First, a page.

Boy Donates 22,000 Diapers to Single Moms Using Funds From His Lemonade Stand
Lots of kids set up lemonade stands in the summer. For many, it’s a rite of passage; a first step toward learning what it means to earn your own money. For 11-year-old Cartier Carey, it was a chance to do a lot more.
That’s because Carey isn’t using his profits to open a first savings account or saving up to buy himself a special treat. Instead, he’s investing it back into his Hampton, Virginia community.
His goal? Helping single mothers in need. With all the stress and financial uncertainty brought on by the pandemic, Carey decided to focus on the basics: diapers and wipes.
“He doesn’t want to spend any of the money on himself,” his mom Brittany Stewart told CNN. “He just wants to continue to keep buying diapers and giving each day.”
The impetus for the project took root while Carey was visiting his grandmother who lives in one of the area’s more economically depressed neighborhoods.
Cary, who is keenly observant for his age, was taken aback by how many women he saw raising children on their own. His instinct was to find a way to help.
“As he’s getting older, he kind of understands,” Stewart told the Virginia-Pilot. “He just came up and said, ‘Hey can we help some of the moms?’ and we were kind of like, ‘What do you want to buy?’ That’s kind of how it came [about].”
By the end of July, Carey had raised close to $5,000 via the lemonade stand and from donations, and distributed close to 6,500 diapers. As of September, at 22,000 diapers, he’s close to achieving his total goal of 25,000.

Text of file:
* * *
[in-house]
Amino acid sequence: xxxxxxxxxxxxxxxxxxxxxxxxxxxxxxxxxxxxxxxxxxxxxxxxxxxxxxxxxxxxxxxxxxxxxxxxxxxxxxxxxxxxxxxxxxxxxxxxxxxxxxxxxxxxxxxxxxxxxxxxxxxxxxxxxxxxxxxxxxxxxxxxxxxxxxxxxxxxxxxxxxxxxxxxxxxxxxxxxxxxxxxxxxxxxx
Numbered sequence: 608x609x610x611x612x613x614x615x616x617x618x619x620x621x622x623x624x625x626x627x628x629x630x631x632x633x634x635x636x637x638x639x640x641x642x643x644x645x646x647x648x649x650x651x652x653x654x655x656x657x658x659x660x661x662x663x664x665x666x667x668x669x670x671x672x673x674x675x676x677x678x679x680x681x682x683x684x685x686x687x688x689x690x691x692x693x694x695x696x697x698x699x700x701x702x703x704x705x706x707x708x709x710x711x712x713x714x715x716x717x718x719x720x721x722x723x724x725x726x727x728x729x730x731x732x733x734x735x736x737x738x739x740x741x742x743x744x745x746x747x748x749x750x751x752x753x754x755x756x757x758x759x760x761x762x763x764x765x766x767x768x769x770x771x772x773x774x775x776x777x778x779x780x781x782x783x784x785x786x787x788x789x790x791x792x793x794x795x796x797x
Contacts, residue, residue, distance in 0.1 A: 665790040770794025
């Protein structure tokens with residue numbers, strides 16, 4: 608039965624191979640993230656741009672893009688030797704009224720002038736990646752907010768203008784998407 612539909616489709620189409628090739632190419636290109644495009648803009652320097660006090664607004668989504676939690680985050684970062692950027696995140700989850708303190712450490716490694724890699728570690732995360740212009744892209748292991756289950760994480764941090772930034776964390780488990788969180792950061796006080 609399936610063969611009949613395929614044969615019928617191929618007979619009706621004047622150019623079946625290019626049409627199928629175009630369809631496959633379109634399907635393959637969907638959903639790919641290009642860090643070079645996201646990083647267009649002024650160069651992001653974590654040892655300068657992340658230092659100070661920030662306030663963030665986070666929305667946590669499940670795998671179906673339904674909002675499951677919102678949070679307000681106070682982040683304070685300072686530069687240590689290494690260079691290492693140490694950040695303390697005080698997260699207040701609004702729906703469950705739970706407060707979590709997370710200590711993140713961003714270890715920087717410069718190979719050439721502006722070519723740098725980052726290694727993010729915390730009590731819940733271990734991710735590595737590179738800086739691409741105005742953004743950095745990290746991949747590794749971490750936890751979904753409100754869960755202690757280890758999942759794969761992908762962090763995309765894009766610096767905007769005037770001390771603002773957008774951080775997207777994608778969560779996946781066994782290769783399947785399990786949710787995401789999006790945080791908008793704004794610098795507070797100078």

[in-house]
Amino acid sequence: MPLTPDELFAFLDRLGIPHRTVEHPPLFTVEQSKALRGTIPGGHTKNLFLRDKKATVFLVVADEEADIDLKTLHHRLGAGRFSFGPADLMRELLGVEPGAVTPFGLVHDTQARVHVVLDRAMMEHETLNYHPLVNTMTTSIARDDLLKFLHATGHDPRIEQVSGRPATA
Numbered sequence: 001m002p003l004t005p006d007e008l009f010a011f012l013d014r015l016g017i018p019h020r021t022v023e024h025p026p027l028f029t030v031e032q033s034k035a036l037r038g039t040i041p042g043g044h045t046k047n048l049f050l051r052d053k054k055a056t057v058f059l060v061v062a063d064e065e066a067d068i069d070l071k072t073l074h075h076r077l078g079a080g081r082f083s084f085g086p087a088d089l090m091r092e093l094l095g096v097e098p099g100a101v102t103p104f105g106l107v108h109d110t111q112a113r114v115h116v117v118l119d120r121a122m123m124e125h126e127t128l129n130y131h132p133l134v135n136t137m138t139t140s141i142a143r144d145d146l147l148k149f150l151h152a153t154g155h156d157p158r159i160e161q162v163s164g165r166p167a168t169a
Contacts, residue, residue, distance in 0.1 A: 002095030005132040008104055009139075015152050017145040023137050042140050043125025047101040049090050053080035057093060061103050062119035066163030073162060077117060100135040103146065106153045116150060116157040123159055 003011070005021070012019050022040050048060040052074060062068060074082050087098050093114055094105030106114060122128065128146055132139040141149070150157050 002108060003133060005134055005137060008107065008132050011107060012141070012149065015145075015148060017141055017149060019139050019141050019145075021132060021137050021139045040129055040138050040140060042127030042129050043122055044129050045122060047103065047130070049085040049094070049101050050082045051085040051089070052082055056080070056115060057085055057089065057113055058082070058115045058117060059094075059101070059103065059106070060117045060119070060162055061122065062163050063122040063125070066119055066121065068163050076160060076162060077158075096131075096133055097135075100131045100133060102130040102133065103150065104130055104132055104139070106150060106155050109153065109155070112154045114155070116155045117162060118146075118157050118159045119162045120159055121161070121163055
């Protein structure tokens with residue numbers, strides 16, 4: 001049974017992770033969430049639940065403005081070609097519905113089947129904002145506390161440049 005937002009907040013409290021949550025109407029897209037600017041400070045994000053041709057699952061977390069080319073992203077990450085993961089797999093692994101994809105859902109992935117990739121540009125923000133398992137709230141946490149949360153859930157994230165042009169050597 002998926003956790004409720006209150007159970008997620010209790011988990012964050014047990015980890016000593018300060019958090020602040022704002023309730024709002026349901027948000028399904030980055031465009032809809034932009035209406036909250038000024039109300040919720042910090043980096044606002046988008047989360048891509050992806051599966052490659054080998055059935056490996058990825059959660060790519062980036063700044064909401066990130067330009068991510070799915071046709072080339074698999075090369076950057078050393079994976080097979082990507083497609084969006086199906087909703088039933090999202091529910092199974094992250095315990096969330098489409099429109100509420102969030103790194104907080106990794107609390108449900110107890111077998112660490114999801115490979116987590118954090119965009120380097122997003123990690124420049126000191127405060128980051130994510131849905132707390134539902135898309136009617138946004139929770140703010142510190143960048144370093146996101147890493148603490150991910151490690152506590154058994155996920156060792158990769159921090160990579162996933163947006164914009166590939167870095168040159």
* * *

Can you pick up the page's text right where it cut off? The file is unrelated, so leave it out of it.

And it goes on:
But the generous 11-year-old is no stranger to worthy causes. Before becoming a “lemonade mogul,” Carey launched another community initiative dubbed “Carti packs”—care packages for the homeless that contained such essentials as deodorant, soap, tissue, and even hand-warmers for when the weather got cold.
Last year, Carey founded his own non-profit organization, Kids 4 Change 757 “to help the community and make the community better.”
Carey says his greatest joy comes from knowing he’s made a difference and seeing how much his efforts have meant to the people he strives to serve. When one mom who’d been the beneficiary of his good deeds broke down in grateful tears and gave him a big hug, he was truly moved.
“It was heart touching. I almost cried myself when she gave me a hug and started crying. That made want to just keep doing it,” he told ABC News. “Others can make a difference just like I’m doing right now. They can save lives and be heroes. [You’re] never too young.”